Following a huge postwar migration of Southern blacks to the Northern Midwest, country blues moved up to Chicago and got urbanized and electrified all at once. Chess Records artists like Muddy Waters, Howlin' Wolf and Willie Dixon used electric guitars more prominently than they'd ever been heard before (although out of the three, only Waters was a lead guitarist himself). The Chicago blues scene was a huge influence on 60s rockers, and Howlin' Wolf and Willie Dixon tunes were recorded by everyone from genuine blues artists like Jimi Hendrix to blues popularizers like Led Zeppelin to teenyboppers who desperately wanted to demonstrate their authenticity (The Doors). Dylan's mid-60s period was also shaped by Chicago blues.
Chuck Berry, a singer and guitarist who recorded for Chess, put together his electric guitar sound, a driving 4/4 beat derived from Country/Western music but played at a faster tempo, and R&B instrumentation on his first single "Maybelline" in May 1955. I don't know who first called this kind of music "rock 'n' roll" - the term (like "jazz" before it) was originally black slang for sexual intercourse. Little Richard, originally an R&B singer, increased Chuck's rock tempo another couple of notches, and added R&B touches like wailing sax and syncopated bass. Another Chess artist, Bo Diddley, popularized the Deep South hambone rhythm, essentially the same as the "clave" which underlies Afro- Cuban music. By the end of 1955 rock 'n' rollers were everywhere, focusing on the emerging teen market.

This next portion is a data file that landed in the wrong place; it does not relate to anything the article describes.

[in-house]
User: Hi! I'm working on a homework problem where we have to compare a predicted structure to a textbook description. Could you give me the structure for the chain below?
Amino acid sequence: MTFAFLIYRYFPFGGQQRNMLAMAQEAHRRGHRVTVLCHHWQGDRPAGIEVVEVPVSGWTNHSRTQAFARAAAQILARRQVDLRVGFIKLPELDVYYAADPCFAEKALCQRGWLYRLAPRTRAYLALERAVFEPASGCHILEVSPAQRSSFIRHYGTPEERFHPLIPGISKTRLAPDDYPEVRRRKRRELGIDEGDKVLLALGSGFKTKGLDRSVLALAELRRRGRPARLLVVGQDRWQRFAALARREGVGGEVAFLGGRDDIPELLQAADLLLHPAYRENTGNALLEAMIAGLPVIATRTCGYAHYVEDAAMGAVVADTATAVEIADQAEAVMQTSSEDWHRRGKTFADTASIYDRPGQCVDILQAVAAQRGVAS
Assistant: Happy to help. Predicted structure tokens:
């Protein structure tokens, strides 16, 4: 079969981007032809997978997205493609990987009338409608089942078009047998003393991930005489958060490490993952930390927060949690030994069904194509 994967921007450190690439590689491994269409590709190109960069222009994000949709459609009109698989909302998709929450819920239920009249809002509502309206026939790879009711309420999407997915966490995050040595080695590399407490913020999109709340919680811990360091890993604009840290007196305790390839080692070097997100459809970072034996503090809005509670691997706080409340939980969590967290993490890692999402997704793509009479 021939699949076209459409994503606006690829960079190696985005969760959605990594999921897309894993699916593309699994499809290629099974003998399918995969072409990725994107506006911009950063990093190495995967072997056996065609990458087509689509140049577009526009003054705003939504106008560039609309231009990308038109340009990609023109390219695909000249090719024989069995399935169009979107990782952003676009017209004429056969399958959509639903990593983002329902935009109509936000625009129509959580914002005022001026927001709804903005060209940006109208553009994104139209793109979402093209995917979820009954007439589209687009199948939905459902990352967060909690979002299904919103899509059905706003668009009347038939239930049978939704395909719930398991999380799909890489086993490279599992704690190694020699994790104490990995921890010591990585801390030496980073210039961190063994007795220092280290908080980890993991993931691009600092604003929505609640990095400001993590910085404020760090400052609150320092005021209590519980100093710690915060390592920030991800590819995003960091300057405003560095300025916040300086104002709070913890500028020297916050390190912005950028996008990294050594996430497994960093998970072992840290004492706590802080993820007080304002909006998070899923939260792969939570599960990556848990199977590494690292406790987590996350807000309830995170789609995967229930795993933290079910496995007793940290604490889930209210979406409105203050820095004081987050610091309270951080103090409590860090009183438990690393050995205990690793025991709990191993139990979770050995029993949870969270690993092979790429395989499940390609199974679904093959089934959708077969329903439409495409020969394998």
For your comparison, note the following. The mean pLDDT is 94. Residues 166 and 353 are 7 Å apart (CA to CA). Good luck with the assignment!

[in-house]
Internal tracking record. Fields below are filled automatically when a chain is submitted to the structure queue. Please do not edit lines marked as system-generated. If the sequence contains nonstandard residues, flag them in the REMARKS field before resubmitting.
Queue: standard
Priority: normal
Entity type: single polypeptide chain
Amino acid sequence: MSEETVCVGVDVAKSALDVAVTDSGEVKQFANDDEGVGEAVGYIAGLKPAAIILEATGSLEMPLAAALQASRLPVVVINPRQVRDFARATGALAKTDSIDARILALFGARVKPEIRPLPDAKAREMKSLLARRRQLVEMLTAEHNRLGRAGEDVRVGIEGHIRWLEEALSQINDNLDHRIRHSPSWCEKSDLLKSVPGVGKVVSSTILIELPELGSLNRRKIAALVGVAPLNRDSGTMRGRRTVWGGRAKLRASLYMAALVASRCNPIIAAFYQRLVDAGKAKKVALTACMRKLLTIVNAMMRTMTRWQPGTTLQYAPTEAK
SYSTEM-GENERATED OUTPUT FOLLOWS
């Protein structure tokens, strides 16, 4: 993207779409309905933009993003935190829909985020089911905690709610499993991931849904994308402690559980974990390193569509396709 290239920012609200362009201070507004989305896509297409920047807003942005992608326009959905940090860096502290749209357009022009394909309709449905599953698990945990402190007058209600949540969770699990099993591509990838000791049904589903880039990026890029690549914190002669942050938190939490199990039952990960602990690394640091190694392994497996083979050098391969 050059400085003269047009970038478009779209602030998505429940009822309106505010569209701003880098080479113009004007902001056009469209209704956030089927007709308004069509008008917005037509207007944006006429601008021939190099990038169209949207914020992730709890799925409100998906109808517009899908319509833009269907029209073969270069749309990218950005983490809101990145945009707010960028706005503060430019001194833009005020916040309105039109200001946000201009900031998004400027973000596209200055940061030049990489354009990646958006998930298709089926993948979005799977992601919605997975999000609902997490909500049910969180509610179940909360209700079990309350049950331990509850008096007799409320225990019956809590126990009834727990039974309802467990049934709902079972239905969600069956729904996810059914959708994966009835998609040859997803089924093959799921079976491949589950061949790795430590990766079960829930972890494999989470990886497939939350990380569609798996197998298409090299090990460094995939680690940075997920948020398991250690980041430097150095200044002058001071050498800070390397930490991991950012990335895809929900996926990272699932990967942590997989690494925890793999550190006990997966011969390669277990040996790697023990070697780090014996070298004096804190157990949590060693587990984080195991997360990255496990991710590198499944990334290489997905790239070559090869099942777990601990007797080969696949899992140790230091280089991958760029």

Meanwhile, in Tennessee, Sun Records was looking to sell rock and roll to a white audience. (White pop singers were trying to sing rock and roll from the start - you should hear Pat Boone's version of Little Richard's "Tutti Frutti" if you haven't yet - but none of them were anywhere close to the authentic sound.) Sun had Jerry Lee Lewis and Carl Perkins in their stable, but their crown jewel was Elvis Presley. Presley succeeded in putting black music across to a white audience, simplifying the music and becoming fabulously wealthy in the process - the Beastie Boys of his day. Incidentally, he left Sun Records at his first opportunity. More white rockers followed, including Bill Haley and the Comets, Buddy Holly (who used Diddley's hambone rhythm in his "Not Fade Away"), and others too sordid to mention. Middle-class white kids were dancing their heads off. Their parents were worried. The stage was set for the 1960s.